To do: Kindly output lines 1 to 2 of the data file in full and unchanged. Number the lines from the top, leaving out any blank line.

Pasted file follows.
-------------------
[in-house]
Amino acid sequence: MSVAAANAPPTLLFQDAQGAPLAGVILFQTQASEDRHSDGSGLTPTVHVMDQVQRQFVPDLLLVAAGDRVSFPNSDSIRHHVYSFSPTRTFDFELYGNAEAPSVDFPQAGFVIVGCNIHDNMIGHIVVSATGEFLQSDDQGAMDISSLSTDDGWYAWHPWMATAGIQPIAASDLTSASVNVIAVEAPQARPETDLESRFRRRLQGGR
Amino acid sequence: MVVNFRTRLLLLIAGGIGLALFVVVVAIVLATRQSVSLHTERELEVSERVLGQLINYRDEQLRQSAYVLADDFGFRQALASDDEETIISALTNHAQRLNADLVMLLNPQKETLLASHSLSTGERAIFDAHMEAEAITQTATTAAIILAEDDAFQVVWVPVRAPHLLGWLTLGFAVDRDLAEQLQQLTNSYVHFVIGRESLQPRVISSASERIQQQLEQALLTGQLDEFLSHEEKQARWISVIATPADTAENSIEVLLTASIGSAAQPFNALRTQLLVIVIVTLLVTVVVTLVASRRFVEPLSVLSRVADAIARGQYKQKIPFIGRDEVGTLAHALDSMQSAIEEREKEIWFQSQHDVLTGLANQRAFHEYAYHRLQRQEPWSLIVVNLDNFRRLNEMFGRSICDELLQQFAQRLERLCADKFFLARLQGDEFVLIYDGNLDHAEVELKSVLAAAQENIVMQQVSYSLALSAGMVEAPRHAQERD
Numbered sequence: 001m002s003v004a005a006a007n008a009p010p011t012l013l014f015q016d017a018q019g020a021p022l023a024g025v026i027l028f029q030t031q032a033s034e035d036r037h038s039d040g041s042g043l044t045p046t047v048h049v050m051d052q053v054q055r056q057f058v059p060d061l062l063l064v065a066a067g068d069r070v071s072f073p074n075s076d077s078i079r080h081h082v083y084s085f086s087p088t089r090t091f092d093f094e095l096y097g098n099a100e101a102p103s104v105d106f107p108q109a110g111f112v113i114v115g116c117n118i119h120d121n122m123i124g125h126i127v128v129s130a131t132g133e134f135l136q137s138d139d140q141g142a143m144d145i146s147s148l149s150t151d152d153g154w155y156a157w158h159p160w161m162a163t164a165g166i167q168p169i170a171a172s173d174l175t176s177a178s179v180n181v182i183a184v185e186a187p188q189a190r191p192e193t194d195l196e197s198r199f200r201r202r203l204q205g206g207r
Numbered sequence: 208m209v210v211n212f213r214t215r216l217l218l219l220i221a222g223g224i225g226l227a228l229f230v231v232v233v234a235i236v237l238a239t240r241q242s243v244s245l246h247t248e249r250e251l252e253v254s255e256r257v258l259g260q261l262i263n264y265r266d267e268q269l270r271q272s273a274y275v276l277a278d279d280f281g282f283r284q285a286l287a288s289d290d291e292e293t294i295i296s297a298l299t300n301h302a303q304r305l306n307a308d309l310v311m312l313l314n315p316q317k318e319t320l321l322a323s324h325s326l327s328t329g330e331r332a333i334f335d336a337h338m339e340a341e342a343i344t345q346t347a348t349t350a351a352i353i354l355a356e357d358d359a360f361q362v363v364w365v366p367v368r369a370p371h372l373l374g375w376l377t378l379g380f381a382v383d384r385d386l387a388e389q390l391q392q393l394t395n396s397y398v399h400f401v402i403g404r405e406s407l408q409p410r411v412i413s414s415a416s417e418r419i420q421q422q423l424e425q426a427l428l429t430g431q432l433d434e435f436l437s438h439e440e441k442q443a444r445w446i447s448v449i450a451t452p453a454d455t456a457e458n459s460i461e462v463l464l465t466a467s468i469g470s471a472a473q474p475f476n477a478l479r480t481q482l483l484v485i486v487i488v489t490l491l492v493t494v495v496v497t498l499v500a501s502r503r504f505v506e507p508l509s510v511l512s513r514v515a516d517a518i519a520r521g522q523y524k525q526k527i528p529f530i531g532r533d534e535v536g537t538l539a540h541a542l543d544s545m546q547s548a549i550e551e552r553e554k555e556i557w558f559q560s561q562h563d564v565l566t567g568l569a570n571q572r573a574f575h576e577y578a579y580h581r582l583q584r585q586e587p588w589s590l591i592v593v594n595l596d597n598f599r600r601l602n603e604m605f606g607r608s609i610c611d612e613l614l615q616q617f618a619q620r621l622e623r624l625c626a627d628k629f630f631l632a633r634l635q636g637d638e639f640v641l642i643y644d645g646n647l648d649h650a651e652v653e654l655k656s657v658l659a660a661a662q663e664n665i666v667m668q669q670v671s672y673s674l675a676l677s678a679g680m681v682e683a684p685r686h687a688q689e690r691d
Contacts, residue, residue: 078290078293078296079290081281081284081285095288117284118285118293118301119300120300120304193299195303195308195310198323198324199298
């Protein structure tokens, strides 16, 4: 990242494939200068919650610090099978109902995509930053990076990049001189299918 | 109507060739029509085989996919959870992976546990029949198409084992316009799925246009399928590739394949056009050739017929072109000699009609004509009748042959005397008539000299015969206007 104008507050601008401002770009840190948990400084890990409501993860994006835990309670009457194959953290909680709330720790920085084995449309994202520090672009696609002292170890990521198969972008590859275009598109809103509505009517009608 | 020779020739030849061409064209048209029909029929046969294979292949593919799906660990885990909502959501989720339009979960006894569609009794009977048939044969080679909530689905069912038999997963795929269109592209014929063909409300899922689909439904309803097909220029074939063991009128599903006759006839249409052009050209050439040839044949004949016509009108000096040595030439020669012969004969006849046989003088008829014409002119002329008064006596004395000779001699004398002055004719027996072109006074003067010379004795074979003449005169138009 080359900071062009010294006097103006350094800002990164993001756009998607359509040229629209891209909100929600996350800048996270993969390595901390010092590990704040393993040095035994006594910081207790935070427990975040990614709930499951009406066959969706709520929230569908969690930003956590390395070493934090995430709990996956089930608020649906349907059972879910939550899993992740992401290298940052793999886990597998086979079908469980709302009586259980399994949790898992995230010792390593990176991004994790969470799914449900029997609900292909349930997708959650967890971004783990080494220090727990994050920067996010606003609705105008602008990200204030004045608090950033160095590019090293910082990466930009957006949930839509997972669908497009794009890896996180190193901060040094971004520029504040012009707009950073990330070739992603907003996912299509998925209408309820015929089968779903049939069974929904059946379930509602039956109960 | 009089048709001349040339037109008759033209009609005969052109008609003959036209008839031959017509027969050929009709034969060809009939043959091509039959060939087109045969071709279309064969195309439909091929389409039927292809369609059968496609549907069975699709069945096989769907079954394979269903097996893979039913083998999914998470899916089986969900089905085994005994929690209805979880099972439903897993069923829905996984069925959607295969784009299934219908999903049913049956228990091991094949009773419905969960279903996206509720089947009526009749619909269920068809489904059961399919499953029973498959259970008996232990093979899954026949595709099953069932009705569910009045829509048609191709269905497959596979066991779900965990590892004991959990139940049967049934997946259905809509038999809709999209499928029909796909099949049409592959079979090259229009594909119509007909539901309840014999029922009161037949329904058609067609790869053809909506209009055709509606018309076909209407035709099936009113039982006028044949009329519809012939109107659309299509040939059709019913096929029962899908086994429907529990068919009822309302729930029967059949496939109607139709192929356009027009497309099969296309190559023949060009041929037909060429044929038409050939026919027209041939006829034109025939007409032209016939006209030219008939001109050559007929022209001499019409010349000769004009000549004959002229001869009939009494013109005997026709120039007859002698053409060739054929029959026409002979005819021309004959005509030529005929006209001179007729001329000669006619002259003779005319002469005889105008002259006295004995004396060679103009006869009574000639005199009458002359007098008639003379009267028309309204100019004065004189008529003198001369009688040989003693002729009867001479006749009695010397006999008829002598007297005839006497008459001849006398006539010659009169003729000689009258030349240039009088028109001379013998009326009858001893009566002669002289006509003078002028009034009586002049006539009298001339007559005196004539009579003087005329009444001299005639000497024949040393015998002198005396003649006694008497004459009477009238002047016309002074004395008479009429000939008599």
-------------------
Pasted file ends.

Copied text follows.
[in-house]
Amino acid sequence: MSVAAANAPPTLLFQDAQGAPLAGVILFQTQASEDRHSDGSGLTPTVHVMDQVQRQFVPDLLLVAAGDRVSFPNSDSIRHHVYSFSPTRTFDFELYGNAEAPSVDFPQAGFVIVGCNIHDNMIGHIVVSATGEFLQSDDQGAMDISSLSTDDGWYAWHPWMATAGIQPIAASDLTSASVNVIAVEAPQARPETDLESRFRRRLQGGR